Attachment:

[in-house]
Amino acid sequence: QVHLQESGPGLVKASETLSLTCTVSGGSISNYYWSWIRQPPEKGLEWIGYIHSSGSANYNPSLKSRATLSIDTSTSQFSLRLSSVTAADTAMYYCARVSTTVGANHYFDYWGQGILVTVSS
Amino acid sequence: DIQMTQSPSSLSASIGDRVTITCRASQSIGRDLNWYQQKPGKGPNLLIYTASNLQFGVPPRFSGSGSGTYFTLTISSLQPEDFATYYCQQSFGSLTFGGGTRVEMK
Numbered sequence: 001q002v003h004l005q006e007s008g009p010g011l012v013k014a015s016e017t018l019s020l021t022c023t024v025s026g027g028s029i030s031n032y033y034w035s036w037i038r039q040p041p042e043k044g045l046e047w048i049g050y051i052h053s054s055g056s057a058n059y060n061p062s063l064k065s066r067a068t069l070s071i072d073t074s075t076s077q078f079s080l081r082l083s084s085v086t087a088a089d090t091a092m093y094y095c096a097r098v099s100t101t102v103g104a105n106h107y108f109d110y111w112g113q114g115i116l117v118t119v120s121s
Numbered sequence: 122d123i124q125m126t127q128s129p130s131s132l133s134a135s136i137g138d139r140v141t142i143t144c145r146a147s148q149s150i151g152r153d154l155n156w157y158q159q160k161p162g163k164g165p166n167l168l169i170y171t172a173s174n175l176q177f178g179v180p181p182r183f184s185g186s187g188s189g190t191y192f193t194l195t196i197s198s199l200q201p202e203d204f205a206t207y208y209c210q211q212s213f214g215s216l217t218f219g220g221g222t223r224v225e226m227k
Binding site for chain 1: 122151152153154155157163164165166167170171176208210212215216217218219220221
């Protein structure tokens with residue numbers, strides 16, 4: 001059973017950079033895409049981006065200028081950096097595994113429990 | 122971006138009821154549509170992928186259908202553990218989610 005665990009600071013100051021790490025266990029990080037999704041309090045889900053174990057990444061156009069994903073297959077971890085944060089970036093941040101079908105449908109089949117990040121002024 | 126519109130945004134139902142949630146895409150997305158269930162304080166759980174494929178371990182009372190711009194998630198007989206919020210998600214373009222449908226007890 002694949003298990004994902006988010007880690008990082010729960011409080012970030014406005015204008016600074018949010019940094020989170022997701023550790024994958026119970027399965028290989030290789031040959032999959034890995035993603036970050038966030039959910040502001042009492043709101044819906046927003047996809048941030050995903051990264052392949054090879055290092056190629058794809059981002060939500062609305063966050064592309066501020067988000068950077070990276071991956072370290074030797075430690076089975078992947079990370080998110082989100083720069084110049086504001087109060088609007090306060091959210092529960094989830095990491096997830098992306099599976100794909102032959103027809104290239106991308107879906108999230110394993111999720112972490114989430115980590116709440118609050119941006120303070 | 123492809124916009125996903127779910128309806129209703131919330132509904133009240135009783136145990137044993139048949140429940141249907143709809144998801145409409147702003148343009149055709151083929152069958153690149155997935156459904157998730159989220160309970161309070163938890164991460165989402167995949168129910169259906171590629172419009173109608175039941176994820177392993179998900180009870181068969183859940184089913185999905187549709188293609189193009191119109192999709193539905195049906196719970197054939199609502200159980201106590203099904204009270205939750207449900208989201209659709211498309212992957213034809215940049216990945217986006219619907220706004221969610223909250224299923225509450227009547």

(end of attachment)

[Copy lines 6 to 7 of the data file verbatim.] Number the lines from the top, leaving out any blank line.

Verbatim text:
Binding site for chain 1: 122151152153154155157163164165166167170171176208210212215216217218219220221
């Protein structure tokens with residue numbers, strides 16, 4: 001059973017950079033895409049981006065200028081950096097595994113429990 | 122971006138009821154549509170992928186259908202553990218989610 005665990009600071013100051021790490025266990029990080037999704041309090045889900053174990057990444061156009069994903073297959077971890085944060089970036093941040101079908105449908109089949117990040121002024 | 126519109130945004134139902142949630146895409150997305158269930162304080166759980174494929178371990182009372190711009194998630198007989206919020210998600214373009222449908226007890 002694949003298990004994902006988010007880690008990082010729960011409080012970030014406005015204008016600074018949010019940094020989170022997701023550790024994958026119970027399965028290989030290789031040959032999959034890995035993603036970050038966030039959910040502001042009492043709101044819906046927003047996809048941030050995903051990264052392949054090879055290092056190629058794809059981002060939500062609305063966050064592309066501020067988000068950077070990276071991956072370290074030797075430690076089975078992947079990370080998110082989100083720069084110049086504001087109060088609007090306060091959210092529960094989830095990491096997830098992306099599976100794909102032959103027809104290239106991308107879906108999230110394993111999720112972490114989430115980590116709440118609050119941006120303070 | 123492809124916009125996903127779910128309806129209703131919330132509904133009240135009783136145990137044993139048949140429940141249907143709809144998801145409409147702003148343009149055709151083929152069958153690149155997935156459904157998730159989220160309970161309070163938890164991460165989402167995949168129910169259906171590629172419009173109608175039941176994820177392993179998900180009870181068969183859940184089913185999905187549709188293609189193009191119109192999709193539905195049906196719970197054939199609502200159980201106590203099904204009270205939750207449900208989201209659709211498309212992957213034809215940049216990945217986006219619907220706004221969610223909250224299923225509450227009547």